Assisted Suicide campaigners’ deaths prove we do not need to change assisted suicide laws

By Dr Kevin Fitzpatrick (OBE), Director of EPC - International.

Kevin Fitzpatrick

Kevin Fitzpatrick

We do not ‘speak ill of the dead’. De mortuis nil nisi bonumdicendum est, a mortuary aphorism that dates from at least the 4th century is, I suspect, rooted in a superstitious fear that the dead may come back to harm us if we say bad things about them; perhaps that we might ourselves be condemned to wander as ‘lost souls’ in revenge for badmouthing those who are gone. We may, at times, wish to honour the memory of someone we couldn’t stand in life, or whose works and their consequences we hated; but if we are to avoid dishonesty, insincerity, we must have the courage to stand by what we said when they were alive. We can still be properly respectful in how we speak.

Of course the rule does not apply universally, but it seems we only allow ourselves to tell hard truths if the dead person was truly bad, a mass murderer. Maybe that comes from recognising that we are all fragile, given to making mistakes, doing some bad things at times.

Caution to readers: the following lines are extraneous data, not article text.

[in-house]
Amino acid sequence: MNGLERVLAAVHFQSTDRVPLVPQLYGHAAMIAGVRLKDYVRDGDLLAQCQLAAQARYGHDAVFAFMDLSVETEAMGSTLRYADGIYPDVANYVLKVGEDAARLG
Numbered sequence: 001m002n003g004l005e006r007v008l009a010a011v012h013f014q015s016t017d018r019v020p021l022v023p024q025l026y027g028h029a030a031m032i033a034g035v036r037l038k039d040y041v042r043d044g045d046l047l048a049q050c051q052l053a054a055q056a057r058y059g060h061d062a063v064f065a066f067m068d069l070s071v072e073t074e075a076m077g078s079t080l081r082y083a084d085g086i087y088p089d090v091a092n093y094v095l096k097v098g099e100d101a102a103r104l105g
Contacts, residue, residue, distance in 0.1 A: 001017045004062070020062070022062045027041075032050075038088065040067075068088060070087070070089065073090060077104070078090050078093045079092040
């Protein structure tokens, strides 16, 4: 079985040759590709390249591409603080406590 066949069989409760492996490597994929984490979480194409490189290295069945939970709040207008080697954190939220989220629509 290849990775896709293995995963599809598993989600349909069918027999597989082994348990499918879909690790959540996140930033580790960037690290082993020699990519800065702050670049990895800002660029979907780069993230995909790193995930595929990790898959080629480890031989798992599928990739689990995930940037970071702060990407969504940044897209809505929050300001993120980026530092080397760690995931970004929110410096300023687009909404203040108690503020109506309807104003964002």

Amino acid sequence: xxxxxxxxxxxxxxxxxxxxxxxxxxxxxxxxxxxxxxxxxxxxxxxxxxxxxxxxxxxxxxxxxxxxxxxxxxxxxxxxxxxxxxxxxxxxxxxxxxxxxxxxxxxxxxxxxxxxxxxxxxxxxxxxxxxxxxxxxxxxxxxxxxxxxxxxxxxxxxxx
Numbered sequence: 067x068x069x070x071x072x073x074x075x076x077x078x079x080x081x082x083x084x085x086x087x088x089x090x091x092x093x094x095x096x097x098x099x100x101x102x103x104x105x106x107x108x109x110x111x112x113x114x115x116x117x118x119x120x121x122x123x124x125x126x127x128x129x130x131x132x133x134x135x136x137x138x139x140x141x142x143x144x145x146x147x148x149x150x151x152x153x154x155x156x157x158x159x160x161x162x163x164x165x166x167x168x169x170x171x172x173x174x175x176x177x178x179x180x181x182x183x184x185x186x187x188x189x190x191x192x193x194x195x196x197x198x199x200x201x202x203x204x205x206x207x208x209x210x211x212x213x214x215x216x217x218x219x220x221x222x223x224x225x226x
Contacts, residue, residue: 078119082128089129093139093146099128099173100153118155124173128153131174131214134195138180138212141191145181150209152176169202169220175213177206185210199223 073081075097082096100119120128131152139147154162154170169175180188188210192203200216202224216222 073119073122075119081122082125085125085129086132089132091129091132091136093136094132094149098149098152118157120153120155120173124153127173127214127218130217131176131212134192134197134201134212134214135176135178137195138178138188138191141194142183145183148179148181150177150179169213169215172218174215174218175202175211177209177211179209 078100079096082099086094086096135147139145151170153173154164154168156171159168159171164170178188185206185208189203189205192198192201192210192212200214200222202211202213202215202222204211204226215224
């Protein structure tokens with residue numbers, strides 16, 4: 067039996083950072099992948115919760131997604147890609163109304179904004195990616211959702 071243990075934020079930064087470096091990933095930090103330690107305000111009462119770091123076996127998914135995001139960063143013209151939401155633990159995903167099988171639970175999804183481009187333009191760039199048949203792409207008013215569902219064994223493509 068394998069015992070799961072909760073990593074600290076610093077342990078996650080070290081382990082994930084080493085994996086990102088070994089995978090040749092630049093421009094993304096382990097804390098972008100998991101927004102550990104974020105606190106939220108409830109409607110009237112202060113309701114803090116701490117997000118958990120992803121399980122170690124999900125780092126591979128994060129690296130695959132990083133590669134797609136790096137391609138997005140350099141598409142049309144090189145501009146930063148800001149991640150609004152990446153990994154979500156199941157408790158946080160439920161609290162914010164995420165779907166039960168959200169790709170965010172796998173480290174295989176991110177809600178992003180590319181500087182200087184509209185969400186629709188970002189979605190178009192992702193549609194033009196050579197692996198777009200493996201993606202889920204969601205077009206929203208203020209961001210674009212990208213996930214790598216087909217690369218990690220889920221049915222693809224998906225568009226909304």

In any case, it is surely possible to distinguish between the person and their legacy. I met and debated with Debbie Purdy a couple of times and I thought she was wrong – she made what is called a ‘category mistake’ – mixing up the category of one individual saying ‘I want to die now’ with the idea that such a wish must be enshrined in law. Individual wishes are just that – individual. Laws cover every citizen of a state or jurisdiction in which they are passed - which means they are a whole different category. It was her campaigning for this category mistake to be legalised that brought us into opposition.

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